When someone has survived sexual violence, receiving caring responses from the people around them is crucial to the healing process. It can also help prevent or lessen trauma.
Being a support person is an important role.
If someone discloses to you, it means they look to you as someone who can provide support.
You may hear disclosures on a regular basis, or this may be the first.
You don’t need to be a professional to be there for someone.
Support can take many forms.
Each survivor will have different experiences and needs, so it is important to ask them how they want to be supported.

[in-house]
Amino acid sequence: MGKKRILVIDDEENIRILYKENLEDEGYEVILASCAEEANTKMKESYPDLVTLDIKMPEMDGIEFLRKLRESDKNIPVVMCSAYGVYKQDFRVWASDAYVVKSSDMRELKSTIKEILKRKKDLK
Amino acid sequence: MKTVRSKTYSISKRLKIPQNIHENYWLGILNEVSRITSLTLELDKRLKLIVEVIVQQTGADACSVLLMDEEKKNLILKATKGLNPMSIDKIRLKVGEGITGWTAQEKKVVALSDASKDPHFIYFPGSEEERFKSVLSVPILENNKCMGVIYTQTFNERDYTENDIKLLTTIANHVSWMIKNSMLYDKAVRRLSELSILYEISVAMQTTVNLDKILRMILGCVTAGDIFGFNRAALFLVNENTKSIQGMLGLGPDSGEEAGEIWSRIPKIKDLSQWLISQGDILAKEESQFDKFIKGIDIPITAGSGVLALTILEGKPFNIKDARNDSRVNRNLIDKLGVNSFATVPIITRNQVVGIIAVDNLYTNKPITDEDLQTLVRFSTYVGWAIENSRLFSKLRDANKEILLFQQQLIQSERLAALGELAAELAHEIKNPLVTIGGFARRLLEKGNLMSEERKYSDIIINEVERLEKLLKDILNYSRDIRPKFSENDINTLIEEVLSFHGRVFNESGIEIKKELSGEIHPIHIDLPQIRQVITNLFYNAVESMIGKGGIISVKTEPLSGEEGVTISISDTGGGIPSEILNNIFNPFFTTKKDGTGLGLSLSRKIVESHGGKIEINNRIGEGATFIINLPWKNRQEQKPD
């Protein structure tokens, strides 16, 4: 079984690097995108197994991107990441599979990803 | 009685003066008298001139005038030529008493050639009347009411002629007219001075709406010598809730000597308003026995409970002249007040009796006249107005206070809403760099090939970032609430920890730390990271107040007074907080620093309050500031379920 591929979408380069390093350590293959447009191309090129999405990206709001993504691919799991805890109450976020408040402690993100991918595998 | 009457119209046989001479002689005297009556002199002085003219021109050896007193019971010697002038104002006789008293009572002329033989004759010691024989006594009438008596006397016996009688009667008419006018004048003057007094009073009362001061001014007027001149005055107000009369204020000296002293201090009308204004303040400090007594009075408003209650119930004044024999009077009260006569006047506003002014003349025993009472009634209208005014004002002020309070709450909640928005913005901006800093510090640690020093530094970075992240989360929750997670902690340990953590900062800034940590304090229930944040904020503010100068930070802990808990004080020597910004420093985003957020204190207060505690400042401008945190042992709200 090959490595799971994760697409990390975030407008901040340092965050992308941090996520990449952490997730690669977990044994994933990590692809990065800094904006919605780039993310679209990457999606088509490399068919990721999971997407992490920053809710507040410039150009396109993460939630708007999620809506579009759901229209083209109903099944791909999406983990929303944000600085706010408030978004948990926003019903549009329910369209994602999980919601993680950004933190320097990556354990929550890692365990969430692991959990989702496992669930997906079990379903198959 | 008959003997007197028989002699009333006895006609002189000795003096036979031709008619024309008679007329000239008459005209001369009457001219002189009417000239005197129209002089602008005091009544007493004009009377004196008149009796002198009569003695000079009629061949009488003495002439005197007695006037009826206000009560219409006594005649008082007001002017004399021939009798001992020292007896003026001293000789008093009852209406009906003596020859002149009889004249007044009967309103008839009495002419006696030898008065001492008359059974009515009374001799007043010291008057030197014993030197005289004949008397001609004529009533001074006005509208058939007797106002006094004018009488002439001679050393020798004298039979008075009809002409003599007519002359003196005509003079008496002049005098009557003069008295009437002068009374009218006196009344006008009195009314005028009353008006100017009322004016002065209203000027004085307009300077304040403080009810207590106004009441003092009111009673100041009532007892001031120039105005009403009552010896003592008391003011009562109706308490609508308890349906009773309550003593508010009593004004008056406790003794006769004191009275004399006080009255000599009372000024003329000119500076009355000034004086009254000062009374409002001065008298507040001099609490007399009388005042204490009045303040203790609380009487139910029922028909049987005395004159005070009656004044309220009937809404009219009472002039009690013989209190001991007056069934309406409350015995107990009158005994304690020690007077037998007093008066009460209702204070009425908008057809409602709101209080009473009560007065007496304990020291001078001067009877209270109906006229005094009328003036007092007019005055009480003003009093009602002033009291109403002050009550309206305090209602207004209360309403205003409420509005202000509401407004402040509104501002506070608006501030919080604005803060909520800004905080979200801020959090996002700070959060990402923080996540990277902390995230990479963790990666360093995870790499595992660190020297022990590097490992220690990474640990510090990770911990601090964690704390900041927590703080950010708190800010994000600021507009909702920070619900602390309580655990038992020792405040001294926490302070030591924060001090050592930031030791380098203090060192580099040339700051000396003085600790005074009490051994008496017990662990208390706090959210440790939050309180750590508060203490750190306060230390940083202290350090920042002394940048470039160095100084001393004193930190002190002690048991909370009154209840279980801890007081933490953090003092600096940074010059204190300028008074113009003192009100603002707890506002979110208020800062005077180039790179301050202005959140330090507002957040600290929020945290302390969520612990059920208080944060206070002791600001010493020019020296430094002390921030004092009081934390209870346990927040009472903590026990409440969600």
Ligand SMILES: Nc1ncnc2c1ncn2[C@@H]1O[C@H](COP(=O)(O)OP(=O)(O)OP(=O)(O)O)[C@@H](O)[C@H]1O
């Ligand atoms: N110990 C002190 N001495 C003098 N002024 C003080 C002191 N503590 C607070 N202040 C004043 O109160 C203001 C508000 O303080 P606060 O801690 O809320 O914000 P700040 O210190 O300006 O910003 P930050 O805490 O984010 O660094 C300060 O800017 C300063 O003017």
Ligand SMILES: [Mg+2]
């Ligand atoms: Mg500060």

Some survivors simply want someone to believe them, listen with compassion, and validate their feelings.
If the assault was recent they may want someone to go with them to get medical attention.
Others may want long-term support. This could include checking in regularly, providing emotional support if they report to police, or accompanying them to appointments.
They might not know what they need right away, and that’s okay.
You may not know how much support you are able to provide going forward, and that’s okay too.
For now, just focus on being present and on that person’s immediate needs.
Making this world a better place for those who have survived sexual violence, is a collective effort.
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